There are a lot of things about Experimental Film that are gaspworthy, horrifying, disturbing and exciting, and I hope to talk more about this book as time spools, but right now I just want to give you five reasons to read the living hell out of this awesome new horror novel from Gemma Files.
- Lois Cairns is not your standard protagonist – Lois is a woman in the midst of a profound midlife crisis. Her career has evaporated out from under her, her son’s autistic and difficult, and she can’t shake a nagging idea that it’s all her fault. She’s not twenty, or adorable, or on the cusp of love. But she’s smart and determined and fearless, and she knows more about movies than most of us could learn if we spent the next fifty years studying up.
2. The bad stuff isn’t lurking in the shadows. You know how vampires and spooks wait for it to get dark and dreary, and then creep up on you? You know that idea that you can barricade yourself in somewhere safe, and at dawn it’ll all be over for awhile? Not in this story. The dread thing in Experimental Film comes at you in the full light of a summer’s day, in all its searing heat and blinding glare.
3. I heart Haunted Toronto. This book is another piece in the creepy patchwork universe Files has created, and I love it with a love that’s true. Her characters have lunch down the street from my house. They get into full-on confrontations with monsters at the Kensington Market. And there’s always an expedition out to the backroads of cabin country, a part of the province I really haven’t seen yet, where the skin between worlds is thin and permeable and something far more disturbing than a Hellmouth is on the bubble.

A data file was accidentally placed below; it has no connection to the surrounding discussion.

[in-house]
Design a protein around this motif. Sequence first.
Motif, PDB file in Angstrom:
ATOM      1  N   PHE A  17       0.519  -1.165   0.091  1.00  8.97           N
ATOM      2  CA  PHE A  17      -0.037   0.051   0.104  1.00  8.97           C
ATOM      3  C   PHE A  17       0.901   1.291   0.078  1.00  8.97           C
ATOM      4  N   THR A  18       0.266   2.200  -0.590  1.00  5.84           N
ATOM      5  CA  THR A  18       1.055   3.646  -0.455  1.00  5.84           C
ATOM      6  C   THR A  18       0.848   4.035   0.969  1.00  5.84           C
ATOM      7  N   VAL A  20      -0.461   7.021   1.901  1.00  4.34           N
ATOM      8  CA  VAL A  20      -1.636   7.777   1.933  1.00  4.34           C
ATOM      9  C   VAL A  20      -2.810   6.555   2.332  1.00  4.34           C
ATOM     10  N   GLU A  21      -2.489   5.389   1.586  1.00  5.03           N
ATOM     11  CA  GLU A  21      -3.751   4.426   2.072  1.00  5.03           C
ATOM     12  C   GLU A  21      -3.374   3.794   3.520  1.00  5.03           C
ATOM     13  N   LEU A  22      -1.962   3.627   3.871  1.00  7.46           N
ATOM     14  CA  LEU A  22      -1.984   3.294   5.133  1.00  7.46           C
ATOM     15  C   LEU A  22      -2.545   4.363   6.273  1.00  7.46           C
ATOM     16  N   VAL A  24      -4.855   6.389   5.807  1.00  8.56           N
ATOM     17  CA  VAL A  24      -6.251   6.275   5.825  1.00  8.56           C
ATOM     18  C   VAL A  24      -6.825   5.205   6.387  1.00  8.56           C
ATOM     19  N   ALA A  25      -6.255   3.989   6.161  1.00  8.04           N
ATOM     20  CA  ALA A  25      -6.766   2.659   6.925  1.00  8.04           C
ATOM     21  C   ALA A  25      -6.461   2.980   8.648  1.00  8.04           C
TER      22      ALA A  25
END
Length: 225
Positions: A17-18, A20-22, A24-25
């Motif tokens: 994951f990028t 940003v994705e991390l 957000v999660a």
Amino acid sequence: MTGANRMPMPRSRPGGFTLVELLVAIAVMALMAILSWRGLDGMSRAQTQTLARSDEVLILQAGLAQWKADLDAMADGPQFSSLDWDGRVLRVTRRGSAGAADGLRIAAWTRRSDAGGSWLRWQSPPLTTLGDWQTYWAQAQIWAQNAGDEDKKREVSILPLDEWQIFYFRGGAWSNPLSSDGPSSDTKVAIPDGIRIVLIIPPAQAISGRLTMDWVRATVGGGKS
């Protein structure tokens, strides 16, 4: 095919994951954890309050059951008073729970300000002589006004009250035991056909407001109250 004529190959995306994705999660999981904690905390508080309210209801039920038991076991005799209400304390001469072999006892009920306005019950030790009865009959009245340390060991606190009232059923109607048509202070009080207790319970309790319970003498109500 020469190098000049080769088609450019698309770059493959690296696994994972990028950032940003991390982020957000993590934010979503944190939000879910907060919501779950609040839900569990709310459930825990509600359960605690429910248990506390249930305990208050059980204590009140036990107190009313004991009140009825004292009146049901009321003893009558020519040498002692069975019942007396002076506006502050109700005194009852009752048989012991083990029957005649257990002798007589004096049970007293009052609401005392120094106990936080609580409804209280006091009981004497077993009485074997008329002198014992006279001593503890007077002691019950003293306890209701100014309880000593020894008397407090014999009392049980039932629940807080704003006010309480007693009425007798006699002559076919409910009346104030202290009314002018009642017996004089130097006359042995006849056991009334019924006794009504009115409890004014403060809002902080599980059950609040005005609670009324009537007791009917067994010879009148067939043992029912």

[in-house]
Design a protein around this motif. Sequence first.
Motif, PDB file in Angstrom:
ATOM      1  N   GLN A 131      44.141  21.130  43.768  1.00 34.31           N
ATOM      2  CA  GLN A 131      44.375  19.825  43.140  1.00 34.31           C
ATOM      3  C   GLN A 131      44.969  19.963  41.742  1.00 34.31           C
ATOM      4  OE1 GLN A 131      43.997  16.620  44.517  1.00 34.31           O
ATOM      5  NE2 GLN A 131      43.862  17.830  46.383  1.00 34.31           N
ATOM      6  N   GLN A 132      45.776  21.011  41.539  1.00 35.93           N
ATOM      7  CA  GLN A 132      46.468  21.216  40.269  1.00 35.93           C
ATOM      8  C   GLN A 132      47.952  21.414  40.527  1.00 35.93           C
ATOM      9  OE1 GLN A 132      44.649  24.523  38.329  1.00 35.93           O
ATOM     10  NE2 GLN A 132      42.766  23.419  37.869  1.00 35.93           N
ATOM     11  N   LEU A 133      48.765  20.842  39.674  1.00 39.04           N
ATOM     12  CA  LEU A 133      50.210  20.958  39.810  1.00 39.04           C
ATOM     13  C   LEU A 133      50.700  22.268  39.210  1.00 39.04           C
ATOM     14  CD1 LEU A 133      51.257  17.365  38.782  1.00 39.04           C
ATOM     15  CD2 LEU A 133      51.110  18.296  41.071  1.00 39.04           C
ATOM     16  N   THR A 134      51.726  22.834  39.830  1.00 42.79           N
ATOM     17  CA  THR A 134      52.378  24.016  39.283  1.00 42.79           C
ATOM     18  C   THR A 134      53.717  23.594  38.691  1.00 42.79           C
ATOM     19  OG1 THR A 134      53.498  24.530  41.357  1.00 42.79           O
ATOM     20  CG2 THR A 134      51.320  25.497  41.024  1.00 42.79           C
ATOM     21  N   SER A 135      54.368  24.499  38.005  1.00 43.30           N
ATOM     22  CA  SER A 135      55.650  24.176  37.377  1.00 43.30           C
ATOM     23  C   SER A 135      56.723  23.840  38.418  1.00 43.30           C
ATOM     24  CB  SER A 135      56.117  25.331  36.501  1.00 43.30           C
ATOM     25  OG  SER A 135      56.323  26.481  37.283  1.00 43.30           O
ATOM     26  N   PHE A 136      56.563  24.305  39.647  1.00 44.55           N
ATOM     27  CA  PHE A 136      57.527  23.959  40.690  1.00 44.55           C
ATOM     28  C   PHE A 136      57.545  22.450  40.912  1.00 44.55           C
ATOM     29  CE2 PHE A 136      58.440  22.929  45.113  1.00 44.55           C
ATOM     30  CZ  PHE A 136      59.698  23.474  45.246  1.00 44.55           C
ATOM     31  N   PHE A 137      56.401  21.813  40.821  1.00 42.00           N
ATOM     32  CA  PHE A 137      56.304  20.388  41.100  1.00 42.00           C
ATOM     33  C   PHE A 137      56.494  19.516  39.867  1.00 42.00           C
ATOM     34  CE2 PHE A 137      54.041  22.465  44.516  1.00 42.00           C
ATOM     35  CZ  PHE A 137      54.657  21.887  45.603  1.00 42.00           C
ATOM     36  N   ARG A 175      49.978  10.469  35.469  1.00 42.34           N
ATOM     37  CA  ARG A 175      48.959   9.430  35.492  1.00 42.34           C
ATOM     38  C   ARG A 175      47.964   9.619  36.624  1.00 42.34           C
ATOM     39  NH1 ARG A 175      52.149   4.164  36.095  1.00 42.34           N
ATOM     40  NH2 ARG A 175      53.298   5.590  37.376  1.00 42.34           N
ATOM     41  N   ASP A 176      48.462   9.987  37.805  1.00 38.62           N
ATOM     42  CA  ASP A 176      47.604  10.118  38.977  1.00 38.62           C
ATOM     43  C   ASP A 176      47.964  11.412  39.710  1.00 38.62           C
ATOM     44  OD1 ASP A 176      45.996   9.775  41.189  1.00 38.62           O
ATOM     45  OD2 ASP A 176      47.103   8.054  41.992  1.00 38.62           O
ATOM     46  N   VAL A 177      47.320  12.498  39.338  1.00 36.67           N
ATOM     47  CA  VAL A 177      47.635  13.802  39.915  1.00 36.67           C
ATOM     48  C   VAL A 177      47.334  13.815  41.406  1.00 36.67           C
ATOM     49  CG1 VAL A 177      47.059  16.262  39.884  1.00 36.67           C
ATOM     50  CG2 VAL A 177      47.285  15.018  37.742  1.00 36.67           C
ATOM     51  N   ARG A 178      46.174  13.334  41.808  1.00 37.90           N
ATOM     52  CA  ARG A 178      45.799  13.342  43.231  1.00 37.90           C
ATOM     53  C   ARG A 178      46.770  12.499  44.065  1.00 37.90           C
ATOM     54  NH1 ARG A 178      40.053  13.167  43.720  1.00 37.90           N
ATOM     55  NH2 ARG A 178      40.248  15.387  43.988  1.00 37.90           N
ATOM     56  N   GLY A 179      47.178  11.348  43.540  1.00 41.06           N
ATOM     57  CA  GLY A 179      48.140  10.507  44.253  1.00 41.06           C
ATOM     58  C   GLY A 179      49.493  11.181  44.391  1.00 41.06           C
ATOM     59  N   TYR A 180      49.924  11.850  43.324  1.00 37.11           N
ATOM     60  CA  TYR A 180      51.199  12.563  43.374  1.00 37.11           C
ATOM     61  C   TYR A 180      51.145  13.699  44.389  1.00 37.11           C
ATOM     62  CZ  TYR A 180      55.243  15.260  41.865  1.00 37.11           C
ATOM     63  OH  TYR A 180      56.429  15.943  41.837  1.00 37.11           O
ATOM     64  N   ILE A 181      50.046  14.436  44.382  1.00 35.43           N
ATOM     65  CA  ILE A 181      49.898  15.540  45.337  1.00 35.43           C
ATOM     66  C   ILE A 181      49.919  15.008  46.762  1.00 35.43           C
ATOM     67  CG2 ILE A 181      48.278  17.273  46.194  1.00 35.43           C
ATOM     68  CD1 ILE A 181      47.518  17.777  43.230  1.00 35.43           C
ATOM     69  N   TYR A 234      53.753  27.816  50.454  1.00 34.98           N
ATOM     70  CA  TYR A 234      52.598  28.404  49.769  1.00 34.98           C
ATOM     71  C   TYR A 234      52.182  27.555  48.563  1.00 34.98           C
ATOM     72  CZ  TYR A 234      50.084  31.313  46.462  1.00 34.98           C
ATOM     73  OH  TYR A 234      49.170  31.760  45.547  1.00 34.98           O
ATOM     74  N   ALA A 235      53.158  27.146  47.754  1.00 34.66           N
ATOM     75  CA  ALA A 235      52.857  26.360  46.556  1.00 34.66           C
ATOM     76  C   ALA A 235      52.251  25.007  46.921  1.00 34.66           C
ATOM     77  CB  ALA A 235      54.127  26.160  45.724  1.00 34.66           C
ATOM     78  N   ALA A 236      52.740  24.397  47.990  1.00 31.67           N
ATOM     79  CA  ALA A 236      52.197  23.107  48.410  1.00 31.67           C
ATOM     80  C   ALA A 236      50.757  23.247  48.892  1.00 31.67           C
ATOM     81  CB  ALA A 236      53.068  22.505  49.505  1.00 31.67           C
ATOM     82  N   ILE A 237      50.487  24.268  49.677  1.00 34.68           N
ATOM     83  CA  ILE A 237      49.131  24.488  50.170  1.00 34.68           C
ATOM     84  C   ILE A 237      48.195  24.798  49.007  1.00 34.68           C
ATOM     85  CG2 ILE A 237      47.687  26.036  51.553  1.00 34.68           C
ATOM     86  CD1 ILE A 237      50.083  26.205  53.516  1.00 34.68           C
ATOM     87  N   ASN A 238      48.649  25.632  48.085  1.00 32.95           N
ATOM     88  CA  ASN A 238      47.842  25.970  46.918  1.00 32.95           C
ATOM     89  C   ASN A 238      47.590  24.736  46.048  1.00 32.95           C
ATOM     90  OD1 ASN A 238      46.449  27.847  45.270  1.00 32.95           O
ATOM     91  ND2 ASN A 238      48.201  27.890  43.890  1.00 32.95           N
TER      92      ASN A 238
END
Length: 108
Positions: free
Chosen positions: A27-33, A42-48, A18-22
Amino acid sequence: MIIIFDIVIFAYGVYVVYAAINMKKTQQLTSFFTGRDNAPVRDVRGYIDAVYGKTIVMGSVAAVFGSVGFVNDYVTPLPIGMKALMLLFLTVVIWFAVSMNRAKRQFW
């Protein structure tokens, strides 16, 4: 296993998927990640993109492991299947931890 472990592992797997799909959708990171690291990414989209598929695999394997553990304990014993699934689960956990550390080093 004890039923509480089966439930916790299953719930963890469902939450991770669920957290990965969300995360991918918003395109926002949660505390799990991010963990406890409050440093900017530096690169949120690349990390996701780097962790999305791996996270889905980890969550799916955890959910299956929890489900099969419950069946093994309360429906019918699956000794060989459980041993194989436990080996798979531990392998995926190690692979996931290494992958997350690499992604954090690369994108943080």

4. Victorian Creep Factor, Canada Styles. The mystery at the heart of this book is about an early auteur filmmaker working in the days of silver nitrate and no rules. Iris Whitcomb made the same movie over and over, with the aid of spiritualists, as she tried to discover why her son Hyatt vanished in 1908. Then she vanished too, from a moving train whose passenger compartment apparently caught on fire en route to the city.
5. Crunchy family stuff rounds out the dark notes. This brings us back, in a way, to the idea of an atypical hero. Lois is no lone wolf. She may want to be at times; she may be unconvinced she’s got much worthwhile going on as a wife and mother. But as she wrangles with the missing Iris and her incandescent producer, she also has to deal with her child, her marriage, her in-laws, and her own often-problematic mom. It’s not always easy to read–plenty of folks will find their own family-of-origin nerves twanging as things play out–but it’s very believable. And what good is a horror novel if you don’t feel, on some level, as if this could have happened to someone like you?